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The elbow is a very strong and stable joint, made up of 3 bones, 1 from the upper arm and 2 from the forearm. Elbow dislocation commonly refers to hyper-extension or over-straightening injury, forcing apart the bones back of the elbow. Injury may be classified as; a partial dislocation – called a subluxation a full dislocation – called a complete dislocation.
Children suffer more subluxation injuries while adults suffer more complete dislocation injuries, usually by fall injuries in sports or by bracing themselves in car accidents. The risk of blood vessel and nerve injury in elbow dislocation makes it an emergency condition made even more serious in cases of large dislocation or fracture dislocation of the elbow.
An elbow dislocation may exhibit the following symptoms:
- Extreme pain.
- Complete loss of function of the elbow.
- Disfigurement of the elbow.
- Strong muscle contraction and spasms of the elbow.
- Associated swelling and bruising.
- Associated pins and needles or numbness down the forearm into the hand.
- Extreme anxiety and worry.
An elbow dislocation may be caused by:
- Forced straightening of the elbow.
- An awkward twisting forearm against a straightening elbow.
- A combination of both.
A normal reaction to falling is to reach out to break your fall. If your arm locks at an unusual angle against the ground on impact, you may not be able to stop it from straightening beyond its means.
Similar to a fall, reaching out to a dashboard or steering wheel on impact during a motor vehicle accident, may cause the force of the impact to overextend the elbow.
To diagnose an elbow dislocation, the following will be taken into consideration:
- Understand the nature of the injury (sports, work, accident, overuse etc).
- Determine the cause of the injury (impact, collision, fall, repetitive/slow onset).
- Understand the context of the suffering (age, return to sport, work, impact on daily living).
- Perform a physical examination to ascertain pain and stability.
- Perform specialised shoulder tests to confirm diagnosis.
Partial Elbow Dislocations
The joint surfaces of the elbow may have partially separated and returned to their normal position. This type of injury causes pain, swelling and a feeling of instability of the elbow. Hypermobility tests can be used to determine if an elbow has been partially dislocated.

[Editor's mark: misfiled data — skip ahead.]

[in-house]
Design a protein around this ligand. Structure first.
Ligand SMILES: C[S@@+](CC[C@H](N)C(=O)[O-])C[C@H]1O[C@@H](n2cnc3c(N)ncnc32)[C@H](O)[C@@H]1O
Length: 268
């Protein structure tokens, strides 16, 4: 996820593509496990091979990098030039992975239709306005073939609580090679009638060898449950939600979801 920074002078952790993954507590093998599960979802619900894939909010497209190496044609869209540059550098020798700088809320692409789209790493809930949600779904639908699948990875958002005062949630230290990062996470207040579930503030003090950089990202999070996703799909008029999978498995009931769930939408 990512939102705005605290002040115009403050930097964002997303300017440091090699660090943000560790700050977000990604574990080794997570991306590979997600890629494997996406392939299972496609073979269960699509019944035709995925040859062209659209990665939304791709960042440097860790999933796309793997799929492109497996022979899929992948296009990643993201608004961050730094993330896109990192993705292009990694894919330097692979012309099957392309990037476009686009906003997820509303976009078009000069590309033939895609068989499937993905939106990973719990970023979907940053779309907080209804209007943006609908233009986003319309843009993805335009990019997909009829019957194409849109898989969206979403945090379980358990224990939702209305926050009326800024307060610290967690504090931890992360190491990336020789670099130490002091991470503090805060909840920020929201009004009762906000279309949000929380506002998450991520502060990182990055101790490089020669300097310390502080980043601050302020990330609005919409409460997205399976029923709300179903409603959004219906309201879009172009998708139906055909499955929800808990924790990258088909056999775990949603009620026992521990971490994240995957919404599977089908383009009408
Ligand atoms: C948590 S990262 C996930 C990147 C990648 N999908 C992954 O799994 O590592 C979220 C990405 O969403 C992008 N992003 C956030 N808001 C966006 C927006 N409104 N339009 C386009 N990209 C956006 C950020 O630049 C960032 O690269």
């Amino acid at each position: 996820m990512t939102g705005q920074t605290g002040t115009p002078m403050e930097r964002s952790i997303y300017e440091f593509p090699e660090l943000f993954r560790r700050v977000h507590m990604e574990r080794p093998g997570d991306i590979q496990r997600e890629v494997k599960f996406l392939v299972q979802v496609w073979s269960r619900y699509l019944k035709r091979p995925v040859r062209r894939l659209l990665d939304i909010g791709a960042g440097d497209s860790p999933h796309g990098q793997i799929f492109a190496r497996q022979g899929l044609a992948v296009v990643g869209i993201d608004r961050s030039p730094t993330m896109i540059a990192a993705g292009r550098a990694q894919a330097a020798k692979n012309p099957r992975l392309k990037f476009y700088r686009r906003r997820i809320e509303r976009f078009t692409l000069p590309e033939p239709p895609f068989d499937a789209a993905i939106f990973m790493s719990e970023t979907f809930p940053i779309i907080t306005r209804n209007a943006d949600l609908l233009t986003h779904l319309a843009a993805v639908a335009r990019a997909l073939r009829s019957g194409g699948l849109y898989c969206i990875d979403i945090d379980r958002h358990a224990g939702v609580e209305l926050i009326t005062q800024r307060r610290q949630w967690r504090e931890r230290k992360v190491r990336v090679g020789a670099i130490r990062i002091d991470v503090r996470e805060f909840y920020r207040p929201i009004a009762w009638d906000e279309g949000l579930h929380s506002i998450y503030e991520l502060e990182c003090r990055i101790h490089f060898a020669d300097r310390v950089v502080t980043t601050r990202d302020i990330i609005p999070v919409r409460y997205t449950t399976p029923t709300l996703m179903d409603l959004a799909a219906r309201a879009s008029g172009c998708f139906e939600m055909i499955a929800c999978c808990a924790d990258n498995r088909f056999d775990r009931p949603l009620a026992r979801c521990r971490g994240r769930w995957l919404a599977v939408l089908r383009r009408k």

Complete Elbow Dislocations
Disfigurement of the elbow will be obvious in complete dislocation. You will not be unable to bend or twist your elbow. Your pulse and sensation should be checked at the wrist and& hand to determine if you have sustained a serious blood vessel or nerve injury. An xray and MRI will confirm any fractures and associated blood vessel or nerve damage. Early diagnosis and treatment are extremely important to avoid re-injury and serious long-term consequences.
Treatment begins with a thorough diagnosis of your condition to understand the severity of the condition in the context of your age, your sport, your work and your life.
Non-surgical treatment of the injury requires:
- Emergency relocation.
- Rest and immobilisation for a least 6 weeks.
- Pain and anti-inflammatory medication.
- Elbow bracing.
- Consideration for surgery.
- Physiotherapy rehabilitation protocol.
Generally, surgery is not necessary for elbow dislocation injuries. Elbow stability surgery is indicated in serious elbow dislocation injury involving additional elbow injuries such as fractures, blood vessels or nerve damage.
Dr Gupta will assess whether either of the following surgical treatments is necessary:
- Fracture reduction (ORIF).
- Nerve entrapment.
Fracture Reduction (ORIF): Open reduction internal fixation of the elbow requires Dr Gupta to locate the bony fragments of the fracture and, using a metal plate and screws, bind them together where they belong. The plate and screws will remain in the patient.
Nerve Entrapment: Cubital tunnel release is the technical name of the surgical procedure Dr Gupta will use to release pressure on the ulnar nerve which may become trapped at the elbow. This is a simple procedure with a very small incision used to identify and release the nerve.
Elbow dislocation injury causes separation of the humerus of the upper arm, from the ulnar of the forearm. Damage may occur to the joint capsule, blood vessels, nerves and possibly involve additional bony fracture.
The elbow is a robust joint and dislocation usually does not involve surgery. If surgery is required, it will only be necessary to repair secondary damage like bony fracture or blood vessel or nerve entrapment.
Post Operative Rehabilitation
You will achieve the best surgical outcome if you follow up surgery with a matching course of rehabilitation. Following surgery, Dr Gupta will outline the most appropriate rehabilitation protocol for your physiotherapist to follow and communicate with your healthcare team to ensure that you receive the best post-operative treatment.